At the Cliftonville pub in George St., cross-wording with my son (not as acrimonious as it looks or sounds, see entry Feb 18), a bill for two margherita pizzas, a pint of Stella and the same of blackcurrant and soda has just come to £13 something. It’s ridiculous. Add to that the Wetherspoon pubs’ policy of no muzak and the place is a haven for quiet souls.

Except that some people come here, it seems, to laugh. Screech screech. It should go the way of the muzak. Perhaps with everyone’s instincts to follow instructions honed to fever-pitch by Covid, one might make and glue firmly to each table-top a warning: ‘In the interests of limiting virus spread it is forbidden to laugh at this table. Vocal Cords. NHS. Save Lives.’

I reckon it might work. And the idea might be catching. There’s too much laughter in the world anyway. Again and again I happen to turn on the television (Can one still say that? “Turn on”? It seems so dated) and there are three or four jackasses in a studio laughing their heads off. The word is, Get the viewers to laugh. Then they’ll come back. People laugh at the flimsiest reason possible. They should be put in the stocks.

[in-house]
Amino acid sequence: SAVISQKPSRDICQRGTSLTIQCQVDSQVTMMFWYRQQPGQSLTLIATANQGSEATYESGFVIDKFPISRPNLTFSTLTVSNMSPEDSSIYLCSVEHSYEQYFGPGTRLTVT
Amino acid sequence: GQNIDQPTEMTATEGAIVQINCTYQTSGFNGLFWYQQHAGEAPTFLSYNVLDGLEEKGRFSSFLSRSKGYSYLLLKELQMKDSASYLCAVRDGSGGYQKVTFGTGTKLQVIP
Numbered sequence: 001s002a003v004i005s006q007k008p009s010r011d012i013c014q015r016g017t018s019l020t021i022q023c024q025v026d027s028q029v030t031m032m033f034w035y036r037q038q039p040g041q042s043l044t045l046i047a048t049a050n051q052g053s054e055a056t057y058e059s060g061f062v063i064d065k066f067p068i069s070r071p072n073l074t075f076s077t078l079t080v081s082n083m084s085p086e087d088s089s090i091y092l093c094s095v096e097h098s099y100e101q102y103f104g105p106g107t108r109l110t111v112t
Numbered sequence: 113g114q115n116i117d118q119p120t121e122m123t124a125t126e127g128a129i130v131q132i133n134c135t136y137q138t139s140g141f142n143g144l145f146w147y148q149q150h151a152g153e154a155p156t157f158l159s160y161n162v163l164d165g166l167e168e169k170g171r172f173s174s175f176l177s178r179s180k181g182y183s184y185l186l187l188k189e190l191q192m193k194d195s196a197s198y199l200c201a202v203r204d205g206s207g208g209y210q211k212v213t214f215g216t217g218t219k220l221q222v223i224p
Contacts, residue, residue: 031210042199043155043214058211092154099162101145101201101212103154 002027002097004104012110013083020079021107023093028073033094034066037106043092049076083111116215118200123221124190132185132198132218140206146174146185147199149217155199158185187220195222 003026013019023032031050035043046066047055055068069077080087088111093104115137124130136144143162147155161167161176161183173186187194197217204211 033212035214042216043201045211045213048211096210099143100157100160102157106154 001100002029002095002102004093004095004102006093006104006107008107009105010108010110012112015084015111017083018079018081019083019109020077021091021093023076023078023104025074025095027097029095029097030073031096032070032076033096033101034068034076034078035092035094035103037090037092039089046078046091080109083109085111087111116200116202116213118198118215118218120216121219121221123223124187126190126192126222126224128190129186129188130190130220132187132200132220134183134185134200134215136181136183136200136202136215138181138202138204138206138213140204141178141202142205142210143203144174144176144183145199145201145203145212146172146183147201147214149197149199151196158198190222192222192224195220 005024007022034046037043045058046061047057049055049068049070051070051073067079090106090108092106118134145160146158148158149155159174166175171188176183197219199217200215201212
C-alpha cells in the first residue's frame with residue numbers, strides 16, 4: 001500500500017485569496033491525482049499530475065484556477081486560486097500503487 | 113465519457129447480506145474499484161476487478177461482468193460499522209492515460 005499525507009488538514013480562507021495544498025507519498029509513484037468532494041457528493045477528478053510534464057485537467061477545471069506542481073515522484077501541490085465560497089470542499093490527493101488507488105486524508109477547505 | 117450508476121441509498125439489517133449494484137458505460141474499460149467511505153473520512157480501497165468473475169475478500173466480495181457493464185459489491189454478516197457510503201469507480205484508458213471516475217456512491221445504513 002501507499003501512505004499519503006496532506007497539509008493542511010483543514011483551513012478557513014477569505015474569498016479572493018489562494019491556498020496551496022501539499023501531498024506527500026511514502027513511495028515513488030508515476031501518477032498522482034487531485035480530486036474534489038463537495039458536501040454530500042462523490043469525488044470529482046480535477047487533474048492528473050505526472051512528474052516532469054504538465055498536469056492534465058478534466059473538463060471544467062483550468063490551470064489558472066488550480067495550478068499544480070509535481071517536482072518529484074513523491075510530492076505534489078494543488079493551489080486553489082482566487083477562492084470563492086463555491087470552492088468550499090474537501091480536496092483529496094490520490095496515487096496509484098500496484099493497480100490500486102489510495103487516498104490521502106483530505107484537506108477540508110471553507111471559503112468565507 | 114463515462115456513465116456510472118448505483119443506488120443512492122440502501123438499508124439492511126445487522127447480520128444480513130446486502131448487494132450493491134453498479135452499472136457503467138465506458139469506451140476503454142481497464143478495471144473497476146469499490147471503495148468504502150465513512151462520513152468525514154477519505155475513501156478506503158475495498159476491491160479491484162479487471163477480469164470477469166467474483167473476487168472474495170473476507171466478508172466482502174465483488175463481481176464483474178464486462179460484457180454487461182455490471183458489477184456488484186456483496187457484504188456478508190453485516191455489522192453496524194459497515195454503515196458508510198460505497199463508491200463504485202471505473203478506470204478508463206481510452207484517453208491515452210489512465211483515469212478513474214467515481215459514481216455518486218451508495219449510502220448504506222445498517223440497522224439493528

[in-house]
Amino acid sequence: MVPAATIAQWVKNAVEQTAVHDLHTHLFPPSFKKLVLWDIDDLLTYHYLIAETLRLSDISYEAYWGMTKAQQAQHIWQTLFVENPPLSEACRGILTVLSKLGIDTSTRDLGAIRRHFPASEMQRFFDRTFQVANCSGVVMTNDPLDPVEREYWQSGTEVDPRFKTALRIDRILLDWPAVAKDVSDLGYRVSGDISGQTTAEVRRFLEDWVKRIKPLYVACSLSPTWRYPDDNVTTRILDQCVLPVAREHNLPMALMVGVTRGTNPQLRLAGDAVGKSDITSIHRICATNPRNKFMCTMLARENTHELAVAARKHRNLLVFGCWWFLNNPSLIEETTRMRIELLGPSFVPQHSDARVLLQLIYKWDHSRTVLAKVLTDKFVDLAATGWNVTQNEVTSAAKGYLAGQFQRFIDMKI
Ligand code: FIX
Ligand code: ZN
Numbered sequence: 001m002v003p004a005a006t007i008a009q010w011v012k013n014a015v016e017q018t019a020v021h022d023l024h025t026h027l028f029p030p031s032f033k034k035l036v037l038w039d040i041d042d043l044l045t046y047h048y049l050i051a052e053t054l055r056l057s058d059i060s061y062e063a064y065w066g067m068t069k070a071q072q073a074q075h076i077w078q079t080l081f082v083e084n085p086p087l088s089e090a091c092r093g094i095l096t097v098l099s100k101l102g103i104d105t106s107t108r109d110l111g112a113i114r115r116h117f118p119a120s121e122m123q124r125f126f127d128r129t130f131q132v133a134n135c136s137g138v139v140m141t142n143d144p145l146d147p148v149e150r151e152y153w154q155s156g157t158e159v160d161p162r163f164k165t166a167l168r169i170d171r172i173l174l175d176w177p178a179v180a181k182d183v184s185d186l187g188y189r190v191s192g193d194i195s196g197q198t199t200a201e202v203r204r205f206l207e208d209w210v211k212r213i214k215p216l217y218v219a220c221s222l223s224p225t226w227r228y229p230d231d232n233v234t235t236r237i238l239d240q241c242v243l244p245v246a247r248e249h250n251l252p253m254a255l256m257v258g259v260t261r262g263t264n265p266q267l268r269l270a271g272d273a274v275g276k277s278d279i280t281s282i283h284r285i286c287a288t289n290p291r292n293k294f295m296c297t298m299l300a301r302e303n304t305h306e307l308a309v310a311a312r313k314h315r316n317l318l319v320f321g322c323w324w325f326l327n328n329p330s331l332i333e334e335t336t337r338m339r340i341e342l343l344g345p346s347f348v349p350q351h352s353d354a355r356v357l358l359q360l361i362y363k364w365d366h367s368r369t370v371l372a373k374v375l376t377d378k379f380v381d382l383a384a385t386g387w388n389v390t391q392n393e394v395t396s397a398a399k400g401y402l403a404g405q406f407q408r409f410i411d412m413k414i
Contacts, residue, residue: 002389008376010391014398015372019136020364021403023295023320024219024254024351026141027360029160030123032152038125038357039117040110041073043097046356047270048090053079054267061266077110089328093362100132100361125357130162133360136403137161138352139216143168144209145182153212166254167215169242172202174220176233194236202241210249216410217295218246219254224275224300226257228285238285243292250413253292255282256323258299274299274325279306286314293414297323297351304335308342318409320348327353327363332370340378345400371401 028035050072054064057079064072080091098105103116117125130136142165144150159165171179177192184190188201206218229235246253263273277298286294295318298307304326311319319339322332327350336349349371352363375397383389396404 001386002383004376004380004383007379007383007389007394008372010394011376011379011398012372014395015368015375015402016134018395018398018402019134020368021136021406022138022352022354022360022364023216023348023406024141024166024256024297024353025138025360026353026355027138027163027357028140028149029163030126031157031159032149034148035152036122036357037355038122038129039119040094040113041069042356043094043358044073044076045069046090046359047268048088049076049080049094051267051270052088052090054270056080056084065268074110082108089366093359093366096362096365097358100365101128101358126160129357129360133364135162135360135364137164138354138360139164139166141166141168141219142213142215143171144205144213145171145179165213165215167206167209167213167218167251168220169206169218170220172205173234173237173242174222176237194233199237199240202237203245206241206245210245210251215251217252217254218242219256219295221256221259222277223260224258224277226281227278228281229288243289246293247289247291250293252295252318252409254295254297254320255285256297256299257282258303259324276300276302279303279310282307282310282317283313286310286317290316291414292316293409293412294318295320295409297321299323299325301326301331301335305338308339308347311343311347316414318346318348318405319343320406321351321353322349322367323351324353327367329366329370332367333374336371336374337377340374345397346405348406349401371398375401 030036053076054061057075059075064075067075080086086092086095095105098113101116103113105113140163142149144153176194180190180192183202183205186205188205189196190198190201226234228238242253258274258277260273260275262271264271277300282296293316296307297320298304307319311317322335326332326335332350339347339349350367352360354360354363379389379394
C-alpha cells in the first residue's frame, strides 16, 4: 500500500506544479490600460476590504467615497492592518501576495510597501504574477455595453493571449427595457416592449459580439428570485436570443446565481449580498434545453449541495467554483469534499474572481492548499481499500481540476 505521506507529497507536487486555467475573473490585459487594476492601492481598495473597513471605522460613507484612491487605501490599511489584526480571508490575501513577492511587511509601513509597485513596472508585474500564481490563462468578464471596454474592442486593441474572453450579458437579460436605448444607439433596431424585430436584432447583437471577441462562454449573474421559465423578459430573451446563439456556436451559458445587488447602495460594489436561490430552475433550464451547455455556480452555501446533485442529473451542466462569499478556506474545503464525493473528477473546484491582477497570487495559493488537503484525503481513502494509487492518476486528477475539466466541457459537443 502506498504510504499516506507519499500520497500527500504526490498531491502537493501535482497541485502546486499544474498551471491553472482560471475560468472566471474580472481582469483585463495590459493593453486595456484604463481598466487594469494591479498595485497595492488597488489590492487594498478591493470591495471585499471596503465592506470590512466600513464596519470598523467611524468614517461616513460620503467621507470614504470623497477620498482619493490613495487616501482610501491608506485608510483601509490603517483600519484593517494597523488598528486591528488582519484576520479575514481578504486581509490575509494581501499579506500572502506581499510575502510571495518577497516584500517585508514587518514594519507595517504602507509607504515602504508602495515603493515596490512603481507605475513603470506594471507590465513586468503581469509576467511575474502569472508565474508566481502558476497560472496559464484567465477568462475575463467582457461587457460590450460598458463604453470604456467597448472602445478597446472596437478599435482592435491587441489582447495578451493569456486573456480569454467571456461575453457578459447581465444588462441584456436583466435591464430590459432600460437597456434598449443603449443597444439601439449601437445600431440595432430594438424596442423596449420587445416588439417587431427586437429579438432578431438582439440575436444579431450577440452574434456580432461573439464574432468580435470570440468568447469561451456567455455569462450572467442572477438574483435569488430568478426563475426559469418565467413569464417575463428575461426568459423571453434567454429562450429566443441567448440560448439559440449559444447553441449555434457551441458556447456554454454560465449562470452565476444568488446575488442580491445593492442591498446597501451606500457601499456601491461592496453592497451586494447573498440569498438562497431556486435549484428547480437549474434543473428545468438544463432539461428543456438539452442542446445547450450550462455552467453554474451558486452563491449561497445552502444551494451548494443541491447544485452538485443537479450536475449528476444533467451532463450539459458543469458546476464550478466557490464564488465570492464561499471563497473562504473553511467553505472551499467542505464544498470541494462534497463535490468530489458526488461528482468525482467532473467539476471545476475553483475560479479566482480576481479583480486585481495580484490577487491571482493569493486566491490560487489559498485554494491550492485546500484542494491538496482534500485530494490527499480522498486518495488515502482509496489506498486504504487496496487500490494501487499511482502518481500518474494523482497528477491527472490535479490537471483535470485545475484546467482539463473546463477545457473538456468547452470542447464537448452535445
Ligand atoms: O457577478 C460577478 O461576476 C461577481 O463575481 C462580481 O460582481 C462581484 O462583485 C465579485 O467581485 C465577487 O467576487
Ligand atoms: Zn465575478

Back to cross-wording. I use the hyphen here to suggest the to-and-fro yatter between the generations, as we look up from the clues. We’re both learning, he possibly more than me as he’s more open, I think, to different points of view that may or may not confirm his thinking or develop it. Whereas I’m of the opinion I have little to learn.

The staff at the Clifto are rushed off their feet. Too many absentees. The “pingdemic” is playing havoc with staff everywhere. The country is still inching along nervously, the blind leading the blind. But it’s still marvellous just to be able to walk in, drink, eat, talk, come to in the mornings, settle back in the evenings. A home from home.

Not every day, you understand. Sometimes – not that often – I have things to do. But what a moment it was when the old Clifto re-opened after the lock-out. Sitting there, that first Edenic morning, I was (in mind at least) an open, fresh-faced gent who was not only more than content to be alive but – perhaps a first in my adult life – more than content that others were too. For a day or two I didn’t even mind the laughing.

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